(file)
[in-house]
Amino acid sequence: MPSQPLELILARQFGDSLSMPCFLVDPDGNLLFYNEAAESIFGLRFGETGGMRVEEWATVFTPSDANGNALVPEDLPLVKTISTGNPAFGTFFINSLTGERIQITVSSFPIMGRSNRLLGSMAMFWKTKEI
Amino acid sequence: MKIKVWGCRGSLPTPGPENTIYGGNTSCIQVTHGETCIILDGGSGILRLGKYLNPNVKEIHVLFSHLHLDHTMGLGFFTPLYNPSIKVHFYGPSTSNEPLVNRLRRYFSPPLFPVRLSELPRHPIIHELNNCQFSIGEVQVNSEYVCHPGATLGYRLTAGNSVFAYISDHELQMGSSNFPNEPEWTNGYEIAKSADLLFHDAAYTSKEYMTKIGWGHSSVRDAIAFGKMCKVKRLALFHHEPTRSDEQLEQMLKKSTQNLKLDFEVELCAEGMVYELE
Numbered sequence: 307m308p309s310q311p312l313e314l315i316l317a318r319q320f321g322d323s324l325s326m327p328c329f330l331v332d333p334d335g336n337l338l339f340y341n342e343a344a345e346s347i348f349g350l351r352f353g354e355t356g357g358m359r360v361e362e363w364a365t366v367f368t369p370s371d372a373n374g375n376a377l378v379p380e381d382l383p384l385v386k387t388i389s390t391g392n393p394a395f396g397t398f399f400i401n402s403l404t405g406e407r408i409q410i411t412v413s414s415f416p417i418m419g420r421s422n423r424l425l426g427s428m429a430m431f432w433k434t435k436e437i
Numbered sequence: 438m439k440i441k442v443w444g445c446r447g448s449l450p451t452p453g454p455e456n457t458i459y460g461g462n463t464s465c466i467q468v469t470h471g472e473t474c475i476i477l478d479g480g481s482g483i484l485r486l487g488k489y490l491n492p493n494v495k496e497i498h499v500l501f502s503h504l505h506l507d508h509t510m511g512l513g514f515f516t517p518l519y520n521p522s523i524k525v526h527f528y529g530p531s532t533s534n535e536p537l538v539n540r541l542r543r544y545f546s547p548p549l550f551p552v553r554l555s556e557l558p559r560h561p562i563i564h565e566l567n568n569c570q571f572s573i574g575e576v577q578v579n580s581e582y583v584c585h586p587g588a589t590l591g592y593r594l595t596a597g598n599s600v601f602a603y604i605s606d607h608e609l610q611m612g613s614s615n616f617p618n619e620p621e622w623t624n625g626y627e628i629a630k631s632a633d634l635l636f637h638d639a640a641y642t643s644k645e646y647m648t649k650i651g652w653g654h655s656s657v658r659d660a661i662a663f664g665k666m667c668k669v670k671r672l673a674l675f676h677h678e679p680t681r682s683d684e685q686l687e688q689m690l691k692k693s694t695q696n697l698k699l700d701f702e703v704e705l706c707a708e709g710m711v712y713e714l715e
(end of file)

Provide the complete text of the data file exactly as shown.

[in-house]
Amino acid sequence: MPSQPLELILARQFGDSLSMPCFLVDPDGNLLFYNEAAESIFGLRFGETGGMRVEEWATVFTPSDANGNALVPEDLPLVKTISTGNPAFGTFFINSLTGERIQITVSSFPIMGRSNRLLGSMAMFWKTKEI
Amino acid sequence: MKIKVWGCRGSLPTPGPENTIYGGNTSCIQVTHGETCIILDGGSGILRLGKYLNPNVKEIHVLFSHLHLDHTMGLGFFTPLYNPSIKVHFYGPSTSNEPLVNRLRRYFSPPLFPVRLSELPRHPIIHELNNCQFSIGEVQVNSEYVCHPGATLGYRLTAGNSVFAYISDHELQMGSSNFPNEPEWTNGYEIAKSADLLFHDAAYTSKEYMTKIGWGHSSVRDAIAFGKMCKVKRLALFHHEPTRSDEQLEQMLKKSTQNLKLDFEVELCAEGMVYELE
Numbered sequence: 307m308p309s310q311p312l313e314l315i316l317a318r319q320f321g322d323s324l325s326m327p328c329f330l331v332d333p334d335g336n337l338l339f340y341n342e343a344a345e346s347i348f349g350l351r352f353g354e355t356g357g358m359r360v361e362e363w364a365t366v367f368t369p370s371d372a373n374g375n376a377l378v379p380e381d382l383p384l385v386k387t388i389s390t391g392n393p394a395f396g397t398f399f400i401n402s403l404t405g406e407r408i409q410i411t412v413s414s415f416p417i418m419g420r421s422n423r424l425l426g427s428m429a430m431f432w433k434t435k436e437i
Numbered sequence: 438m439k440i441k442v443w444g445c446r447g448s449l450p451t452p453g454p455e456n457t458i459y460g461g462n463t464s465c466i467q468v469t470h471g472e473t474c475i476i477l478d479g480g481s482g483i484l485r486l487g488k489y490l491n492p493n494v495k496e497i498h499v500l501f502s503h504l505h506l507d508h509t510m511g512l513g514f515f516t517p518l519y520n521p522s523i524k525v526h527f528y529g530p531s532t533s534n535e536p537l538v539n540r541l542r543r544y545f546s547p548p549l550f551p552v553r554l555s556e557l558p559r560h561p562i563i564h565e566l567n568n569c570q571f572s573i574g575e576v577q578v579n580s581e582y583v584c585h586p587g588a589t590l591g592y593r594l595t596a597g598n599s600v601f602a603y604i605s606d607h608e609l610q611m612g613s614s615n616f617p618n619e620p621e622w623t624n625g626y627e628i629a630k631s632a633d634l635l636f637h638d639a640a641y642t643s644k645e646y647m648t649k650i651g652w653g654h655s656s657v658r659d660a661i662a663f664g665k666m667c668k669v670k671r672l673a674l675f676h677h678e679p680t681r682s683d684e685q686l687e688q689m690l691k692k693s694t695q696n697l698k699l700d701f702e703v704e705l706c707a708e709g710m711v712y713e714l715e